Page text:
Splunk adds one header, then one more when forwarding to external logger.
Jan 29 14:09:01 host.localdomain: 2016 Jan 29 14:08:57 EST: %DAEMON-3-SYSTEM_MSG: error: setsockopt IP_TOS 16: Invalid argument: - sshd
Jan 29 14:09:01 host.localdomain Jan 29 14:09:01 host.localdomain : 2016 Jan 29 14:08:57 EST: %DAEMON-3-SYSTEM_MSG: error: setsockopt IP_TOS 16: Invalid argument: - sshd
Jan 29 17:00:01 host.localdomain Jan 29 17:00:01 host.localdomain : 2016 Jan 29 16:59:56 EST: %DAEMON-3-SYSTEM_MSG: error: setsockopt IP_TOS 16: Invalid argument: - sshd
Can you give us some information, ie, what is the configuration you are using to forward your data, and what kind of system is receiving it?
Hi Jeremiah, this log is from a Cisco switch sending syslog to SPLUNK.
We are also seeing multiple headers in logs from other systems as well coming in on source udp:514.
It appears as though SPLUNK is attaching another header before it goes out .
I have also attached all of the outputs stanzas at the end.
Below log is what's sent to external logger from another host. there are multiple headers again.
Jan 29 16:52:32 esx.mydomain Jan 29 16:52:32 esx.mydomain 2016-01-29T21:52:32.963Z ESX.MYDOMAINVpxa: [FF96FB90 verbose 'hostdstats']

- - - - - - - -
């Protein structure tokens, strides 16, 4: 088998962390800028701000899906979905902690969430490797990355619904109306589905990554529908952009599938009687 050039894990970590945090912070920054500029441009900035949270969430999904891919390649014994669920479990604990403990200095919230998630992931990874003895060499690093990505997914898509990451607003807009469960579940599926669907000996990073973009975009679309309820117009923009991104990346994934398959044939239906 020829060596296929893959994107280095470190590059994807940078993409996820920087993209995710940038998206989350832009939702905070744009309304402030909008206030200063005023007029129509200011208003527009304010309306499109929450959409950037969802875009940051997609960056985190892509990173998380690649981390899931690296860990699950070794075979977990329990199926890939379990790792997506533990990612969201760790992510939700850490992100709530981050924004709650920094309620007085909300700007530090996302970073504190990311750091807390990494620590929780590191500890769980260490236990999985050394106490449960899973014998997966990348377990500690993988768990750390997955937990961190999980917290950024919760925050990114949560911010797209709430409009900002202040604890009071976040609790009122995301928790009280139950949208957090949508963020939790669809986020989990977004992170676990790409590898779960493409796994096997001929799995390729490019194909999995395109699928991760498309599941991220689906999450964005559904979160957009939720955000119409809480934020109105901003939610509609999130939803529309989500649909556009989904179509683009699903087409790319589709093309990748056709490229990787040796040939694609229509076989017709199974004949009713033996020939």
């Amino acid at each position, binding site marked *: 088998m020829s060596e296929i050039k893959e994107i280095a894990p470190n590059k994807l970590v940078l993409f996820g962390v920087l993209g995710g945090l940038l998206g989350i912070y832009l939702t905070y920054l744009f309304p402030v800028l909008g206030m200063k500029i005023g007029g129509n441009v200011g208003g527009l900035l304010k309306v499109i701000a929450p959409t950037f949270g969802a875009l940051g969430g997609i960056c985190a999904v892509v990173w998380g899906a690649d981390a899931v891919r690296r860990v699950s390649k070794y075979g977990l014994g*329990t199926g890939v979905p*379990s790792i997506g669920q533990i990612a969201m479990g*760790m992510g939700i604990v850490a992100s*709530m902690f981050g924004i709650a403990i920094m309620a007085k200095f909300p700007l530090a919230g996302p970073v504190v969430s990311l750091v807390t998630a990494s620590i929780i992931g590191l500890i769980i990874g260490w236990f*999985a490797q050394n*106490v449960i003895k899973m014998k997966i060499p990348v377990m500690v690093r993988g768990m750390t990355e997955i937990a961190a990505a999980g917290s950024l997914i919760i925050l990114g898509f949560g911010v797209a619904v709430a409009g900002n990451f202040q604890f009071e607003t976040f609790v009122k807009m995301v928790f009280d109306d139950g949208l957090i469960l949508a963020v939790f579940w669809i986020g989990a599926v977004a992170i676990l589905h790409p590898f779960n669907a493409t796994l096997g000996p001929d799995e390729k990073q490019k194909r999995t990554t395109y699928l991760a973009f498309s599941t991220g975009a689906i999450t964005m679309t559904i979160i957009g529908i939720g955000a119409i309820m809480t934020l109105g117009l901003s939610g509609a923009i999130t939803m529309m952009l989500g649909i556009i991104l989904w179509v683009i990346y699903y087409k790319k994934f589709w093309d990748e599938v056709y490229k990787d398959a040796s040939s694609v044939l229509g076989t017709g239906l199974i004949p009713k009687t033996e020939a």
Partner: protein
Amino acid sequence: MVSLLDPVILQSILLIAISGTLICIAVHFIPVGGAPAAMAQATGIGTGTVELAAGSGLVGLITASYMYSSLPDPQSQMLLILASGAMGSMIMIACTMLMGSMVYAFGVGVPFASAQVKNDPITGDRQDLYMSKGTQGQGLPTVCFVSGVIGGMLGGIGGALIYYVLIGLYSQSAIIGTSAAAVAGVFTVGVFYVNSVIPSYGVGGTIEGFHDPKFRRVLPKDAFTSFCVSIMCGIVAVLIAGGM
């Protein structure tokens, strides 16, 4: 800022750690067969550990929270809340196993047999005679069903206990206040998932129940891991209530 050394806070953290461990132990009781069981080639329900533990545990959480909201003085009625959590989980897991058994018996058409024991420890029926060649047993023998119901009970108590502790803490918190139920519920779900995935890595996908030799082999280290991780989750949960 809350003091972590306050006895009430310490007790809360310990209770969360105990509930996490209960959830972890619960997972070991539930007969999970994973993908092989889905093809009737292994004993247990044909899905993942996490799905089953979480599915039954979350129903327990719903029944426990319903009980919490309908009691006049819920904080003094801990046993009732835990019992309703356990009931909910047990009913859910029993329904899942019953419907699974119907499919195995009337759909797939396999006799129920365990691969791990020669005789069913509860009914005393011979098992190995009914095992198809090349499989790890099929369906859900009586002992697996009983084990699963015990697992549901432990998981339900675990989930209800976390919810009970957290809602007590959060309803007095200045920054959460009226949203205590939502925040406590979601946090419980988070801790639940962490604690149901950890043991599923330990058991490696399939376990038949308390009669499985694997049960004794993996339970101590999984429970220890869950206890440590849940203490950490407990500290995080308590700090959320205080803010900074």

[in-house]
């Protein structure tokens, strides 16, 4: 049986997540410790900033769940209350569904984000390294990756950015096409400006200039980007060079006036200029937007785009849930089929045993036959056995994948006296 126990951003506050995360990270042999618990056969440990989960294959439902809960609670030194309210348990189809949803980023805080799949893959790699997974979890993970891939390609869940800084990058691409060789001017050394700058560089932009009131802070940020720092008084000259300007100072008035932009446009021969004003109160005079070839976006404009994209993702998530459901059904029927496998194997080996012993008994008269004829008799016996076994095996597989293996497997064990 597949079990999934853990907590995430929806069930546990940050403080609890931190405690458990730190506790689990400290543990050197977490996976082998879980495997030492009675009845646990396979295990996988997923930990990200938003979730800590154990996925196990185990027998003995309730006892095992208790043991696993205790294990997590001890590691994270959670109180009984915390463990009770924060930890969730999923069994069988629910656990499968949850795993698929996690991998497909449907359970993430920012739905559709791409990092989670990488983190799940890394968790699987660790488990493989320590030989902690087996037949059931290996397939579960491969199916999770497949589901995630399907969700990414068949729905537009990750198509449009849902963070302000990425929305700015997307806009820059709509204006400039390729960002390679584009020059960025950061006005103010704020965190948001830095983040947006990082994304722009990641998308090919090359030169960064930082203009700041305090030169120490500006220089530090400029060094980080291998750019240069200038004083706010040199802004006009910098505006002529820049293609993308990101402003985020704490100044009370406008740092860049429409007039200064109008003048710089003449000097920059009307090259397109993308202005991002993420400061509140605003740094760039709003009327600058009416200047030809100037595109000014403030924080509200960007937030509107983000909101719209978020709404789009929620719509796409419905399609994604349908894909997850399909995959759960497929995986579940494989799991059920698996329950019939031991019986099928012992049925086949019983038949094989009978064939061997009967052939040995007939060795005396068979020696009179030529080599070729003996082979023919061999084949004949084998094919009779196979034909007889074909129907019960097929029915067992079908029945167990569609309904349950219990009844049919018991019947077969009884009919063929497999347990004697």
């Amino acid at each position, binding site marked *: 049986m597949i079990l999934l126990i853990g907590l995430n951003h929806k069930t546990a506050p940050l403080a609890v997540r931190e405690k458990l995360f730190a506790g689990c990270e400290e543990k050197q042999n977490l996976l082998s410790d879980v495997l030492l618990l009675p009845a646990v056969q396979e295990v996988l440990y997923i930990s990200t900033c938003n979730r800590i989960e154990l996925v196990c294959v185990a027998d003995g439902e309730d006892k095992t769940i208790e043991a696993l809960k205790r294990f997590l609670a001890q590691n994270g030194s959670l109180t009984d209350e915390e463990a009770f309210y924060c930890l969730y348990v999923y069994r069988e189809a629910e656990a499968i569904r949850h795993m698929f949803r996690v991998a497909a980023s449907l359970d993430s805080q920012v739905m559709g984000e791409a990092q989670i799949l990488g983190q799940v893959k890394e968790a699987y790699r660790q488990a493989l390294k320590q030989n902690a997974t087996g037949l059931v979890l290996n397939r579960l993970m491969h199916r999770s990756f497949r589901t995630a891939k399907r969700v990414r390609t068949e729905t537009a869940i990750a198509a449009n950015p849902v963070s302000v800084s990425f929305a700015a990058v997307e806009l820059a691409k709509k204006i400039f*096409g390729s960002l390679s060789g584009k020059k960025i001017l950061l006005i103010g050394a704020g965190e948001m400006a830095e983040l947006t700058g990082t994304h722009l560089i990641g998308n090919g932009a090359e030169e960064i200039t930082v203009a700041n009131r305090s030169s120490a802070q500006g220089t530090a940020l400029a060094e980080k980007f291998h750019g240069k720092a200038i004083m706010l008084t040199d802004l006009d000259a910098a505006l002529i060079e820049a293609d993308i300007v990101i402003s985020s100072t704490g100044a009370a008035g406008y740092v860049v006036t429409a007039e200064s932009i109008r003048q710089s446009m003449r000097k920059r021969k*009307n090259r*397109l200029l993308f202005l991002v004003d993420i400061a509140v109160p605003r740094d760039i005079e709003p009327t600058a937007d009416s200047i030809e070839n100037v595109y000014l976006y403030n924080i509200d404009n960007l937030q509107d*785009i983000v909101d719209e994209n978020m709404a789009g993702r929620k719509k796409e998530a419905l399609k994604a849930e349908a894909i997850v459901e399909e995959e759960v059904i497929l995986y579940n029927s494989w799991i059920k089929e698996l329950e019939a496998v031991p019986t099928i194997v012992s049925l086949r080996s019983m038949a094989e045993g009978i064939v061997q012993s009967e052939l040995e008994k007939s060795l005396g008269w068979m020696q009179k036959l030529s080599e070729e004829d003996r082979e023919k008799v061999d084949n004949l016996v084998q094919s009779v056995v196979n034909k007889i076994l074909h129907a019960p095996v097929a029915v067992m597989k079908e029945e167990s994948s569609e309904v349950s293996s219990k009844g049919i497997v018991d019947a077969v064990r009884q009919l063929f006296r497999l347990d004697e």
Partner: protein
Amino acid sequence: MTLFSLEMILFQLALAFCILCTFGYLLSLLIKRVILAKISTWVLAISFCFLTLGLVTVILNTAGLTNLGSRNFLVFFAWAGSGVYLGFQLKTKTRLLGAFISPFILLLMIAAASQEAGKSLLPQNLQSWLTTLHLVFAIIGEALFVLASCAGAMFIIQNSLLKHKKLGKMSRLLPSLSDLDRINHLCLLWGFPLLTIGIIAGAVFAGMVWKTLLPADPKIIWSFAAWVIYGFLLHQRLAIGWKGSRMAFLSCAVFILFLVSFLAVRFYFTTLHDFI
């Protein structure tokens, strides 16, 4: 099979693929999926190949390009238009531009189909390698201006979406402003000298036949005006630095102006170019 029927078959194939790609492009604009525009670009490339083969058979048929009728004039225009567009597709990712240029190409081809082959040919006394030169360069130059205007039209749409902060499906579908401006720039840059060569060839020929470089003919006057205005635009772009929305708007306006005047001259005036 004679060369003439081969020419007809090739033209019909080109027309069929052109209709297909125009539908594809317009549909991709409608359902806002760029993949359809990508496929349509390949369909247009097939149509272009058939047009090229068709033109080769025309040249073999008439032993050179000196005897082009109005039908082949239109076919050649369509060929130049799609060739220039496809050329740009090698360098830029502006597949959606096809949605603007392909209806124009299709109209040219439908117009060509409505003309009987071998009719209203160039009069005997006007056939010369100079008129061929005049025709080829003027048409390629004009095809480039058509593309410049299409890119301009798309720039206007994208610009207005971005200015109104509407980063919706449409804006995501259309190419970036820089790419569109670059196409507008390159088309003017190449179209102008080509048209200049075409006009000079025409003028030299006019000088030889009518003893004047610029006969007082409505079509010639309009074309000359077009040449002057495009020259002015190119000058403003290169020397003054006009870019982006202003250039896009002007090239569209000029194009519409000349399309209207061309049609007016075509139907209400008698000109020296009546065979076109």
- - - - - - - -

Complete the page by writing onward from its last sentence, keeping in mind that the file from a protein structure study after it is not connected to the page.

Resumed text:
Jan 29 16:52:32 esx.mydomain 2016-01-29T21:52:32.978Z ESX.MYDOMAIN Vpxa: [FF96FB90 verbose 'hostdstats'] Set internal stats for VM
[tcpout] maxQueueSize = 500KB forwardedindex.0.whitelist = .* forwardedindex.1.blacklist = _.* forwardedindex.2.whitelist = _audit forwardedindex.filter.disable = false indexAndForward = false autoLBFrequency = 30 blockOnCloning = true compressed = false disabled = false dropClonedEventsOnQueueFull = 5 dropEventsOnQueueFull = -1 heartbeatFrequency = 30 maxFailuresPerInterval = 2 secsInFailureInterval = 1 maxConnectionsPerIndexer = 2 forceTimebasedAutoLB = false sendCookedData = true connectionTimeout = 20 readTimeout = 300 writeTimeout = 300 useACK = false #defaultGroup=nowhere [syslog] defaultGroup = [syslog:Everything] disabled = true timestampformat = %b %e %H:%M:%S server = x.x.x.x:514 [syslog:ext_logger] disabled = false timestampformat = %b %e %H:%M:%S server = x.x.x.x:514
So, you may need to set:
syslogSourceType = <string>
In your outputs.conf syslog stanza. The string value should match the sourcetype of your Cisco data, so that Splunk knows this is syslog data and doesn't need to add a timestamp/hostname to the beginning of the log entry.
"Data which does not match the rules has a header, optionally a timestamp (if defined in 'timestampformat'), and a hostname added to the front of the event. This is how Splunk causes arbitrary log data to match syslog expectations."
There is a Splunk wiki article that might help explain what is happening when your data is being processed and passed on to a syslog destination:
It sounds like you are passing data directly to splunk via syslog. I prefer to have a syslog server (syslog-ng or rsyslog) setup to receive my syslog data and write to a file. Then I use a Splunk forwarder to read the files and forward them to my indexer. This also gives you the advantage of routing data directly via syslog-ng if you need to. There's a discussion of the pros/cons here: